David Brooks introduces the useful concept of the "crunchy suburb" in On Paradise Road. This is an inner suburb of a big city. It has more of the people he called "bobos" (bourgeois bohemians) in an earlier book. Among suburbs, it is likely to have more professionals, better schools, and more sophisticated consumer goods.
We are in Mt. Lebanon, a Pittsburgh suburb where my sister is hosting Christmas this year. It meets these criteria. Mt. Lebanon has, I think, been more corporate and Republican in the past, but is shifting in the professional and Democratic direction that many good-schools inner suburbs are.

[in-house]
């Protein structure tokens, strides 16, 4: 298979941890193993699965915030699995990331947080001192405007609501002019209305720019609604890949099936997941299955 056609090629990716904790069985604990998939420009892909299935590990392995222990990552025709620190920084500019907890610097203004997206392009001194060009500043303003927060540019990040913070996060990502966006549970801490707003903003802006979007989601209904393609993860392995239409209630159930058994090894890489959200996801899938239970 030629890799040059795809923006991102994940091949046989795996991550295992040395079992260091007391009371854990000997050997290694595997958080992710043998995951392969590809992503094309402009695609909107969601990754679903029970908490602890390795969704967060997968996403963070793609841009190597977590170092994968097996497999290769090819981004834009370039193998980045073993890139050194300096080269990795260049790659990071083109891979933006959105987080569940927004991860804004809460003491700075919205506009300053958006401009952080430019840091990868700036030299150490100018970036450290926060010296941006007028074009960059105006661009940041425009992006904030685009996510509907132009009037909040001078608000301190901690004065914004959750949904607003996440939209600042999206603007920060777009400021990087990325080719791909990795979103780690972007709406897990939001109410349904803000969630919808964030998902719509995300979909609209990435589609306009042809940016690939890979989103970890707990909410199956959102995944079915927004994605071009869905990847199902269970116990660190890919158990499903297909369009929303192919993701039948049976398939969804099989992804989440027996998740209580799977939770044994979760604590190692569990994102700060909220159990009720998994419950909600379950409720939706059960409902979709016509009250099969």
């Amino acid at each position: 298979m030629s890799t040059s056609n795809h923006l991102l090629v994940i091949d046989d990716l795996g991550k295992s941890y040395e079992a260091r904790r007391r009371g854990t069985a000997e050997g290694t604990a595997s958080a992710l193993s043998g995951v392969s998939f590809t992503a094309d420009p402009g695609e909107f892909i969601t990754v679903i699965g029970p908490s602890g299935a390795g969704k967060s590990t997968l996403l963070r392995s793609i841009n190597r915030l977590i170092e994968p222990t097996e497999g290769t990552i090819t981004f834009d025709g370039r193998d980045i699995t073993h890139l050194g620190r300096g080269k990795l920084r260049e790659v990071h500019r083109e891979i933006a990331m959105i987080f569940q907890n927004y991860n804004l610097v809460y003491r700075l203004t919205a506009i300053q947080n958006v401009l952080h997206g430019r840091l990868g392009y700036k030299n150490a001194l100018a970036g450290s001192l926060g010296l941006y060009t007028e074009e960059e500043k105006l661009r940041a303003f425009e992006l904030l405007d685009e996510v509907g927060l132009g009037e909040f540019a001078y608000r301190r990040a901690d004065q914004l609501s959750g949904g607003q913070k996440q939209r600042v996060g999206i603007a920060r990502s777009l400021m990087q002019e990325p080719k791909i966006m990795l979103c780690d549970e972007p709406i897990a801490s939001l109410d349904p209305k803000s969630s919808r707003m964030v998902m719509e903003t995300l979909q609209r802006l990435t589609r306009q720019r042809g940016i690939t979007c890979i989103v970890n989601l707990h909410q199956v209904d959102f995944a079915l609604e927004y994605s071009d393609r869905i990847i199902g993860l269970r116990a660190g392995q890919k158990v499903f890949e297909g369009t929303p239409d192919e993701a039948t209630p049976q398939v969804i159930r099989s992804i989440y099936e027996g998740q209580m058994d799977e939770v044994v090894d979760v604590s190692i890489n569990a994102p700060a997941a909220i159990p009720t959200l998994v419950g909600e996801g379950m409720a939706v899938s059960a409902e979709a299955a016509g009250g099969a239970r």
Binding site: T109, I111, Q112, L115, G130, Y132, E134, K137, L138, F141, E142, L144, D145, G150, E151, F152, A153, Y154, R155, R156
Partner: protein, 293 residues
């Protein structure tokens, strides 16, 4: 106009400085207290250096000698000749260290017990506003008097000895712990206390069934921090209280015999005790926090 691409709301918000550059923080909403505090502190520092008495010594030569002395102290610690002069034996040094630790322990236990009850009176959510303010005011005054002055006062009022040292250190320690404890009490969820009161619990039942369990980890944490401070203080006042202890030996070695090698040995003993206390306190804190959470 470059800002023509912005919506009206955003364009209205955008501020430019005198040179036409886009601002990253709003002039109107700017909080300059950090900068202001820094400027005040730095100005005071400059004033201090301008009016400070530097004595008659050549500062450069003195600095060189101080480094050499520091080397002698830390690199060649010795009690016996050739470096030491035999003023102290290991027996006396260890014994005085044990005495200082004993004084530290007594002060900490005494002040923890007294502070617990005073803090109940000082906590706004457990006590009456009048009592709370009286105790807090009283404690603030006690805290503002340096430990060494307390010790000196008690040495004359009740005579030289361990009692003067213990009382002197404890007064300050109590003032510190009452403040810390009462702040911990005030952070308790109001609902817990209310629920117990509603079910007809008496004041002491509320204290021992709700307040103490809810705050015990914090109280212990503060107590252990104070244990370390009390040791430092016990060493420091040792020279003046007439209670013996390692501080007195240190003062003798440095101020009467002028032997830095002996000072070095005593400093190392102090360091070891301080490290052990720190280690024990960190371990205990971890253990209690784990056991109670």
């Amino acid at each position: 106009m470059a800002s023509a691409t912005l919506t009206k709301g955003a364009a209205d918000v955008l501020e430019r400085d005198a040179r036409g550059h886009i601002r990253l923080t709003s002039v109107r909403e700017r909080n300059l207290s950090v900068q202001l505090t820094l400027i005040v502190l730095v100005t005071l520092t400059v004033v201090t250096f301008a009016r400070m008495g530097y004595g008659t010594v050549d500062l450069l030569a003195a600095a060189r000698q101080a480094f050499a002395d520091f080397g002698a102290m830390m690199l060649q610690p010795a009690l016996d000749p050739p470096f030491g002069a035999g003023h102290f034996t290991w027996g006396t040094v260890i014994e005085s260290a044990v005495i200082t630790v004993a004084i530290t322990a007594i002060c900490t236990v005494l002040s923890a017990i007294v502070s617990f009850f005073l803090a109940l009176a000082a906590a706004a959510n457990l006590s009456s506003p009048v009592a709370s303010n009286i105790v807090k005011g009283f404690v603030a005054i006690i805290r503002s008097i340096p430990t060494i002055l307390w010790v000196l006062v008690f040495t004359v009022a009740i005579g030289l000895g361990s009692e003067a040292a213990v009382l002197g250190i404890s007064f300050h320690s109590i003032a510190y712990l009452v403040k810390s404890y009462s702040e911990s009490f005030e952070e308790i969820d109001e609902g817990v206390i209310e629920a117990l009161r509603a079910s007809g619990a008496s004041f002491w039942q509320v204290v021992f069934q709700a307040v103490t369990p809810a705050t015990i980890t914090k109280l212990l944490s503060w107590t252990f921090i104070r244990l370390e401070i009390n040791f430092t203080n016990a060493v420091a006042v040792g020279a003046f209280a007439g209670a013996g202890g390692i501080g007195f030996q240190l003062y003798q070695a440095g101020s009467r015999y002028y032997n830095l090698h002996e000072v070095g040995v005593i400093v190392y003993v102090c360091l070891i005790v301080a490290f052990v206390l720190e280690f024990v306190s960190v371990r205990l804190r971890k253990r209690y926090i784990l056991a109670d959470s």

Danville, KY, is too much of a small town to have such nuances among the various sections of town. The coffee houses are in the middle of town and serve everyone from all the neighborhoods and "suburbs." We needed to come to a larger city to see a crunchy suburb in action.
We are sitting in a coffee house in Mt. Lebanon. It filled up just after school drop-off. Mrs. G. suggested that this is a measure of a crunchy suburb. The first necessity of a weekday morning is to get the kids to school. The second necessity is espresso.